As I opened social media this morning I was bombarded with posts about the results of the Same Sex Marriage vote in Australia. 61% voted 'Yes', meaning that the government will now seek to amend the law to allow same sex couples to marry. 

I was personally disappointed with the result, but not surprised.

While thinking about what this would mean for my home nation of Australia, I couldn’t help but reflect back on how the campaign played out.

Now living in the UK, I watched the debate from afar and was shocked as those who indicated they would vote 'No' were physically and verbally attackedtheir lives threatened and employment terminated

The above photo is just one example of a church being attacked. Slogans such as 'bash the bigots' and 'crucify "no" voters' were graffitied onto church buildings across the country

The 'Yes' campaign said they were in favour of equality and love. But the actions of some of the campaign's supporters tell a very different story. We should remember the 'No' campaign was never about being anti-LGBT, but about the threat to traditional marriage. 

One of the things I’m most proud of being an Aussie is that we are all about giving people a 'fair go'. I was taught to let people have their say. I didn’t have to agree, but I had to respect their opinion; something that seems to have been forgotten recently. 

This campaign has major significance in Australia but I’m saddened about the message it might be communicating.

Are we in danger of teaching our children that the way to get what you want is through violence, disrespect and bullying? I can understand why many are celebrating the result. But surely we can't celebrate the way this result was achieved?

It also shouldn't be forgotten that 40% voted 'No'. Will their views about marriage still be protected, or will those who believe in traditional marriage continue to be hounded and harassed?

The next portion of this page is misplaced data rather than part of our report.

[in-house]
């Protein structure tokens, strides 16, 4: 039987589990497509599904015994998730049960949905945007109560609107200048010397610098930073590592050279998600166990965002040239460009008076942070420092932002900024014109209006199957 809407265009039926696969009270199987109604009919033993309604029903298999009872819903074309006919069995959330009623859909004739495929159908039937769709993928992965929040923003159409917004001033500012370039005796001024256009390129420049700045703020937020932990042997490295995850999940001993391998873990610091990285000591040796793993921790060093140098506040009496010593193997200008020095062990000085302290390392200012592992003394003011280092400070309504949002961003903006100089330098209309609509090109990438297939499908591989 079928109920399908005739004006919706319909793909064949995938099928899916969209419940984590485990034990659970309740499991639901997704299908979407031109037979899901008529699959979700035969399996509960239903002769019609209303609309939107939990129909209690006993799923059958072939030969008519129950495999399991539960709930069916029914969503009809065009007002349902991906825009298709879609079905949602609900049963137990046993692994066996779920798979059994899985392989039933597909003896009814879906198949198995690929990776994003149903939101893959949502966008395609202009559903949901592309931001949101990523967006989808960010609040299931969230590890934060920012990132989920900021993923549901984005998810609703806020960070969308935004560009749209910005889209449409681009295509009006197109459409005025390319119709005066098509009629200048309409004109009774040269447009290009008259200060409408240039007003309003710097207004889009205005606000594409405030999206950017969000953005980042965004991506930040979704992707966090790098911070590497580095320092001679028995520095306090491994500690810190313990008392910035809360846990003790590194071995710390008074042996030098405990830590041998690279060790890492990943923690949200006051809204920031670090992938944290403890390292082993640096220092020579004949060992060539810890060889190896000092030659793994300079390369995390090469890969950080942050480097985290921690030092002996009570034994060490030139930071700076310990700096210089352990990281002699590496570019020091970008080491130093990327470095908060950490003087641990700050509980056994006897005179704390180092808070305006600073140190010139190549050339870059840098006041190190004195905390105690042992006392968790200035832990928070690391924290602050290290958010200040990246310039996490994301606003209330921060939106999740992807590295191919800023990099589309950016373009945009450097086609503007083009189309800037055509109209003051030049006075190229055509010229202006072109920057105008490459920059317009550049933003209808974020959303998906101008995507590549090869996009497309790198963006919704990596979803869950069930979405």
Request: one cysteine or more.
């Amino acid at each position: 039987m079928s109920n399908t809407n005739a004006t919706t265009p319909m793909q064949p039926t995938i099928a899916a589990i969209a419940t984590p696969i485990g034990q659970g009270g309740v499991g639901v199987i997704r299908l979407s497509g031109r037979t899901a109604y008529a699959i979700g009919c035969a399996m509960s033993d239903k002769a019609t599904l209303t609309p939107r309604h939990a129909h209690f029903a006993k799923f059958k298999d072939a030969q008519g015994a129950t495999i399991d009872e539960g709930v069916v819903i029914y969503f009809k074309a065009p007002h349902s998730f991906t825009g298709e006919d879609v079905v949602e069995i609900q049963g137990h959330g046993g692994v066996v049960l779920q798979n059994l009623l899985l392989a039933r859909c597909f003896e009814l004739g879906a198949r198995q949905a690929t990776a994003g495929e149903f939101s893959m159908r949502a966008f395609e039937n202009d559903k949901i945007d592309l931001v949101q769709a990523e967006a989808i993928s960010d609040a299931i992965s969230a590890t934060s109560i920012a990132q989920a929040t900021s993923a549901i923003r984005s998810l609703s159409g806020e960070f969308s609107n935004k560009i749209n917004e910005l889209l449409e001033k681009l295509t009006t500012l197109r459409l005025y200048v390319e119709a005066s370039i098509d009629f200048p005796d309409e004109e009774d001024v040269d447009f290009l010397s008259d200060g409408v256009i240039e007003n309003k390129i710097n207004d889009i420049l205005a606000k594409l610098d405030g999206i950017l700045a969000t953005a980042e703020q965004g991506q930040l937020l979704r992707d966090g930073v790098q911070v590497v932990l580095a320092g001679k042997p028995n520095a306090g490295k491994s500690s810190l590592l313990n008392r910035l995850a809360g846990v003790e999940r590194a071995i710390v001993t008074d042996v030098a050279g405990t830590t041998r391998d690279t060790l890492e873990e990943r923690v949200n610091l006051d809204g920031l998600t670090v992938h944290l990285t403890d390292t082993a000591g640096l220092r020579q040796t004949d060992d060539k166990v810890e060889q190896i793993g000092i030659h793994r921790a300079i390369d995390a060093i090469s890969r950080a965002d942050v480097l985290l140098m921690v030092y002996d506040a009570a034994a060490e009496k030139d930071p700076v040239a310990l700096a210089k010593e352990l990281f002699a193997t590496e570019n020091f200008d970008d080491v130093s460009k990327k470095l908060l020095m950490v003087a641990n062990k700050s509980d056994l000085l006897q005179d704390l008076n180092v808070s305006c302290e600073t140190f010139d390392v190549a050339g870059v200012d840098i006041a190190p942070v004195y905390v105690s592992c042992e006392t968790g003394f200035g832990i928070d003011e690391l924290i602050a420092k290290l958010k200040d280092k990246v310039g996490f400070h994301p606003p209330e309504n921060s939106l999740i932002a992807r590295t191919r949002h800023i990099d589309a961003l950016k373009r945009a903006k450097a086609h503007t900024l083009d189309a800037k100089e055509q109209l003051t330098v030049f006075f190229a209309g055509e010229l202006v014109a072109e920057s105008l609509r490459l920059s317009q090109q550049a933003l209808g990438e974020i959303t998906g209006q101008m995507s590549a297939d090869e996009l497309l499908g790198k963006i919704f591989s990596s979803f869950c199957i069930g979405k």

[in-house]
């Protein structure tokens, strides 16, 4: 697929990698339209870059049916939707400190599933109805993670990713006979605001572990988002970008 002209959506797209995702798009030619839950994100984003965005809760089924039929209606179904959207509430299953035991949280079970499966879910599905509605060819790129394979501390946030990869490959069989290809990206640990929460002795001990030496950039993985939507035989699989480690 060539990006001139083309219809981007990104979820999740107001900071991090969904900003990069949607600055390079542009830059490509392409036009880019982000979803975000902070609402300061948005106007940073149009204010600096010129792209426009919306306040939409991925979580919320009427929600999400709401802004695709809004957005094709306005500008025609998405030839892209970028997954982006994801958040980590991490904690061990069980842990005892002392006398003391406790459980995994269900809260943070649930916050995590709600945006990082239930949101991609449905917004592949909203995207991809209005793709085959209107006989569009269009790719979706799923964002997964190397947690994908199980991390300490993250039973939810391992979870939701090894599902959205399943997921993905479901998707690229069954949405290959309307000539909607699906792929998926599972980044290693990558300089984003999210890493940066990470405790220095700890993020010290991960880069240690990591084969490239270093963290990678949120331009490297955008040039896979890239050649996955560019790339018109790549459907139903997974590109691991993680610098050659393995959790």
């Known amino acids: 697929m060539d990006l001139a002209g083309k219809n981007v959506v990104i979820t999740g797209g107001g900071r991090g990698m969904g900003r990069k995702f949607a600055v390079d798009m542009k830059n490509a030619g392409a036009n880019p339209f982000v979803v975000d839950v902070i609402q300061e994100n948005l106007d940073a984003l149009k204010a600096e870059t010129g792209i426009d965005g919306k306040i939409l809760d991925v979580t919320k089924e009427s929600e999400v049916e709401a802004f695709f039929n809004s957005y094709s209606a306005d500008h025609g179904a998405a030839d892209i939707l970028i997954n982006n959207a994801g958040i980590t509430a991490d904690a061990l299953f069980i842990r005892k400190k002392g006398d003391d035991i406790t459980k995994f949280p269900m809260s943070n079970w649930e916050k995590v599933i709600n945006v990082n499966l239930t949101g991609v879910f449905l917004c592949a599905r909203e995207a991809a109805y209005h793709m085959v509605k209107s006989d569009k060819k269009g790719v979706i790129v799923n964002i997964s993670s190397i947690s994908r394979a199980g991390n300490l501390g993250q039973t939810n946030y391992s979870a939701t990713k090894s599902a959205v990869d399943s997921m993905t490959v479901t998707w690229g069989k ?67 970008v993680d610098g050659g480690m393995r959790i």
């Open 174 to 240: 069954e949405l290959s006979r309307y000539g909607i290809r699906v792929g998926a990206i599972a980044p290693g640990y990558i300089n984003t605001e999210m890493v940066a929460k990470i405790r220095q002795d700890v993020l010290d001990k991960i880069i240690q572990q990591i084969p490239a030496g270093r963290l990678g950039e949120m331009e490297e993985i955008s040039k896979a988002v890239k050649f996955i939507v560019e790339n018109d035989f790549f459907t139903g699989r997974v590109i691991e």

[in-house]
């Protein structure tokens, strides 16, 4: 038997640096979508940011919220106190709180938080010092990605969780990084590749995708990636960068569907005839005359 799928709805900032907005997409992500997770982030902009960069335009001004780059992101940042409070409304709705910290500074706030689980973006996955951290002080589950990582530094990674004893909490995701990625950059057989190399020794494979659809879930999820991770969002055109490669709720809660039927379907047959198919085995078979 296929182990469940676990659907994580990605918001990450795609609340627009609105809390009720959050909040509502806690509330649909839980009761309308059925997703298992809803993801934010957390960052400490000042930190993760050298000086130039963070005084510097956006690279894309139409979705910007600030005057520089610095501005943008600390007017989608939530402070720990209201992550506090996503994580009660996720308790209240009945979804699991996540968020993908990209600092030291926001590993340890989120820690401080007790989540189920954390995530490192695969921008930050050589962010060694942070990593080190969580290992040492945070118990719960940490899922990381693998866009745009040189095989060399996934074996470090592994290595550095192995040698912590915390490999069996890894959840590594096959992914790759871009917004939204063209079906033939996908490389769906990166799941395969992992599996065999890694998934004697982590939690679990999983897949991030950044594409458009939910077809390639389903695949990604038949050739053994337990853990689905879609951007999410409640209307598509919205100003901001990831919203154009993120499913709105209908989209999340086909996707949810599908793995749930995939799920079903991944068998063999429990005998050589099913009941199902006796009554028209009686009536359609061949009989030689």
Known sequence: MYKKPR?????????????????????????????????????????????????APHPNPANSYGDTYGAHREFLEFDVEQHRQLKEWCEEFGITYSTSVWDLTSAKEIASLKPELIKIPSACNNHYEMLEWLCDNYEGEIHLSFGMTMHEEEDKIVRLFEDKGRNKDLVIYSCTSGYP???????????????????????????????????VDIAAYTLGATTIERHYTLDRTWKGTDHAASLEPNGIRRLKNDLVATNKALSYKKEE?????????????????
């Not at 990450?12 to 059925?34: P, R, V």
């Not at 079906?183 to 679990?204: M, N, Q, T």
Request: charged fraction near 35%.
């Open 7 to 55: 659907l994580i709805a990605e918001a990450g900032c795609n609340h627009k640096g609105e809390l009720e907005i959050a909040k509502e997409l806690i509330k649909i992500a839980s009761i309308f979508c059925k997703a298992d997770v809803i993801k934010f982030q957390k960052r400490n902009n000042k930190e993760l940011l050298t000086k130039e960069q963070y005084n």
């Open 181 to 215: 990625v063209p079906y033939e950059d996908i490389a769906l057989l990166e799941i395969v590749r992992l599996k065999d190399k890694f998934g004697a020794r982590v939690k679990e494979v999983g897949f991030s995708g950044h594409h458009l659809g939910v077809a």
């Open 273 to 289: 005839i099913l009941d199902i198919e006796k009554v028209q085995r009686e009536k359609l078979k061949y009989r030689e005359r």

There are many other important issues currently being debated in Australia including asylum seekers, euthanasia and environmental care. We must not give people permission to repeat the bad behaviour we've seen in these future political campaigns.

The well-known passage in 1 Corinthians 13 says "Love is patient and kind. It is not jealous or boastful or proud or rude. It does not demand its own way. It is not irritable, and it keeps no record of being wronged. It does not rejoice about injustice but rejoices whenever the truth wins out. Love never gives up, never loses faith, is always hopeful, and endures through every circumstance."

My hope is that we choose love in its purest form. That we are patient, kind, respectful and tolerant. That we debate and fight for what we truly believe in, while respecting each other and finding a solution that demonstrates to the rest of that world that Australia really is about giving people a ‘fair go’.

Let’s teach our children to respect each other in spite of our differences and fight for a better world without our humanity being the cost. 

Every week in school assemblies across the nation, Australian children sing "Australian’s all let us rejoice, for we are young and free…". Let’s choose to live that out by creating an environment that allows people to express their opinions and fight for what they believe in without fear of consequence. Let’s encourage the generations to truly be free and live in harmony.

That to me is true equality and true love. 

Emma Aylett is Australian by birth and English by choice. She lives in Buckinghamshire and is a fundraising project manager for Premier. 

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